The True Legacy of Haman
By Moshe Katz
Israeli Krav International

Purim eve, March 11, 2017, 13 Adar, 5777, Israel

The ancient scroll of Esther, read every year at this time.

I have just returned from the synagogue where just as every year at precisely this time we read the story of Purim. The story takes place in ancient Persia and the theme is familiar, to us as Jews: There is an evil plot to wipe out the Jews, genocide, the Inquisition, the Nazis, the Cossacks. In this case an evil man named Haman plots to destroy the Jewish people.

His argument is an old and proven one: these Jews are different from others. They do not fit in, they have their own way of doing things. Fast forward to our own times and you see that there is nothing new under the sun. We are the original underdog fighting for minority rights.

And so the evil Haman, who is considered to be the archetype of evil and persecutor of the Jews, attempts to exterminate the Jews of Persia. Without going into all the details, the Jews prevail, live to see another day and establish the holiday of Purim to commemorate this great victory of self defense. 

One of the key components of this holiday is the reading of the Scroll of Esther. The Scroll of Esther tells the entire story from beginning to end in ten chapters. In the end the persecuted minority is given the right to defend itself and indeed they defeat the forces of evil. We are required to read and re read the well-known story and not miss a single word.

But there is one word, one name, that we are told to obliterate, to wipe out for ever, that is the word/name Haman.

Haman is considered so evil that when is name is read (it appears 36 times) one makes a noise to "blot out his name". Some kids shoot cap guns, old men stump their canes on the floor and the guy next to me just muttered "Damn Haman the wicked for ever and ever".

So I have a question: If we must blot out his name why do we keep reading about him year after year? In fact had it not been for us Jews this Haman, dead and buried, would be long since forgotten, we are the ones keeping his memory alive while simultaneously saying we need to blot our his memory. Is this not a contradiction?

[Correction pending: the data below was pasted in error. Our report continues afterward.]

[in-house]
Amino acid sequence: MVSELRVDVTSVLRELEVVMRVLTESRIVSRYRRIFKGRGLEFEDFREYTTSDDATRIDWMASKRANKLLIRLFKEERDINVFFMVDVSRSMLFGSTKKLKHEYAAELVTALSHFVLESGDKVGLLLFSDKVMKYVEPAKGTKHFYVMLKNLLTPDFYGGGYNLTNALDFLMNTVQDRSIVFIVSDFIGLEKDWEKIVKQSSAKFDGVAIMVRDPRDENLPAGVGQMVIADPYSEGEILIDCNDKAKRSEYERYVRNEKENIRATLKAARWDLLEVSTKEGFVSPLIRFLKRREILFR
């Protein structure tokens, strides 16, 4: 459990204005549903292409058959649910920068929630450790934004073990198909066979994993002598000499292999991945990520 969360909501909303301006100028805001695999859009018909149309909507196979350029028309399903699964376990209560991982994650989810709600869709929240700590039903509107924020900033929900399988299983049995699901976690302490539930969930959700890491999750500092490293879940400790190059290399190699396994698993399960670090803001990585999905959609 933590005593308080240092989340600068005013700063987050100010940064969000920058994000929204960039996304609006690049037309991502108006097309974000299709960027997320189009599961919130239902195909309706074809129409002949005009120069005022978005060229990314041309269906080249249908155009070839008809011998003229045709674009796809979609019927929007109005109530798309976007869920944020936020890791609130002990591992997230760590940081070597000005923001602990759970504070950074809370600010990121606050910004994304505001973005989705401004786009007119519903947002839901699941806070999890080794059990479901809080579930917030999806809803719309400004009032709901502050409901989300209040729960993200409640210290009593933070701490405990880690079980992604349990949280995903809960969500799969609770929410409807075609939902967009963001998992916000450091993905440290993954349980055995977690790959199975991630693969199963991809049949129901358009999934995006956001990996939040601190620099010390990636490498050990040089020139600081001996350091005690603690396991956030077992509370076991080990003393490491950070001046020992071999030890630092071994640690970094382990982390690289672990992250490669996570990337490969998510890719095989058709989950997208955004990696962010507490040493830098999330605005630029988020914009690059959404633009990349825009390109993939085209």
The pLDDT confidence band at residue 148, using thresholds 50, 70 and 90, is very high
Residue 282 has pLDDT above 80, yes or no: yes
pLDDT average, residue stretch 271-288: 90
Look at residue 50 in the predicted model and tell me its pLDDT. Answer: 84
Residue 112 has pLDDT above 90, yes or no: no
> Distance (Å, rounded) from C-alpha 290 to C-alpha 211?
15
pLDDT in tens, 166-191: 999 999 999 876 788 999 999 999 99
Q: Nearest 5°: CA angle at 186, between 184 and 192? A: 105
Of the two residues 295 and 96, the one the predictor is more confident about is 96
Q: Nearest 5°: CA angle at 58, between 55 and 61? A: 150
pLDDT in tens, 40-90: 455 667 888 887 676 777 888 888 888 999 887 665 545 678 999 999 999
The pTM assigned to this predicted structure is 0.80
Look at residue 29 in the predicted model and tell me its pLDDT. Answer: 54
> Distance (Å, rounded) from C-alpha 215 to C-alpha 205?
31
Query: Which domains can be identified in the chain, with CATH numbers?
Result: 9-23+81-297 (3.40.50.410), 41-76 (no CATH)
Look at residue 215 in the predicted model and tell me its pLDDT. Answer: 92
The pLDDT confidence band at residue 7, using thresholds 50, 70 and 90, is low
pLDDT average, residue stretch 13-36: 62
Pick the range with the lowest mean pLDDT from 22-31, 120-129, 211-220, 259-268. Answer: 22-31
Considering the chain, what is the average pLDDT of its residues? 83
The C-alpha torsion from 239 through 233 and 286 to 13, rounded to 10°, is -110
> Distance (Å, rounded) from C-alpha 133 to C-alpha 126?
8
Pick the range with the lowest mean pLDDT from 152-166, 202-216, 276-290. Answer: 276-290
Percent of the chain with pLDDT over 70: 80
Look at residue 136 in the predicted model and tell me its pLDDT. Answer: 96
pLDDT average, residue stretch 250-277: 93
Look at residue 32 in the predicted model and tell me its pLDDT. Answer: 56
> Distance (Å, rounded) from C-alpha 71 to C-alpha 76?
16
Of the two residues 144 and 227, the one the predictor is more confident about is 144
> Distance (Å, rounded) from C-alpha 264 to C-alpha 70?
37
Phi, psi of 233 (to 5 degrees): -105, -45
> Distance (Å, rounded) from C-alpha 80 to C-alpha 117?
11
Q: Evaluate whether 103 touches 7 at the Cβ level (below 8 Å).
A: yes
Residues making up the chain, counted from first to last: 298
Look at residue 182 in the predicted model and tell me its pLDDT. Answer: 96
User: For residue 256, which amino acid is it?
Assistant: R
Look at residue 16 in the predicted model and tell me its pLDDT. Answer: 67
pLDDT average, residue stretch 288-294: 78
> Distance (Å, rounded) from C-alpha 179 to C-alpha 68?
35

This thought crossed my mind while sitting in a crowded/cozy synagogue; on one hand we are told to blot our his memory, to erase and eradicate his memory for Haman represents evil. But on the other hand we need Haman. We need him so much that we make it a religious commandant that every Jewish man and woman, even children must hear the Scroll of Esther read each year. Why? 

We need Haman as a reminder that you can erase a name from a book, you can take therapy to erase a traumatic memory from your mind but you cannot erase evil from this world. Evil lives, evil is here beside us and like the Jews of ancient Persia we must stand up for ourselves, stand up against oppression and discrimination and fight back. We shall not ask others to fight for us, we shall not demand anything but the right to fight for what is right.

Haman, when we hear your name we shout and boo and stomp our feat and our canes, but we need to keep your memory alive because today there are many Haman. They may go by different names but they are here, they are in our midst. You have been warned.  And that is why the rabbis say everyone, man, woman and child must be present and hear each and every word of this ancient story. 

Israel: A Nation of Warriors
by Moshe Katz

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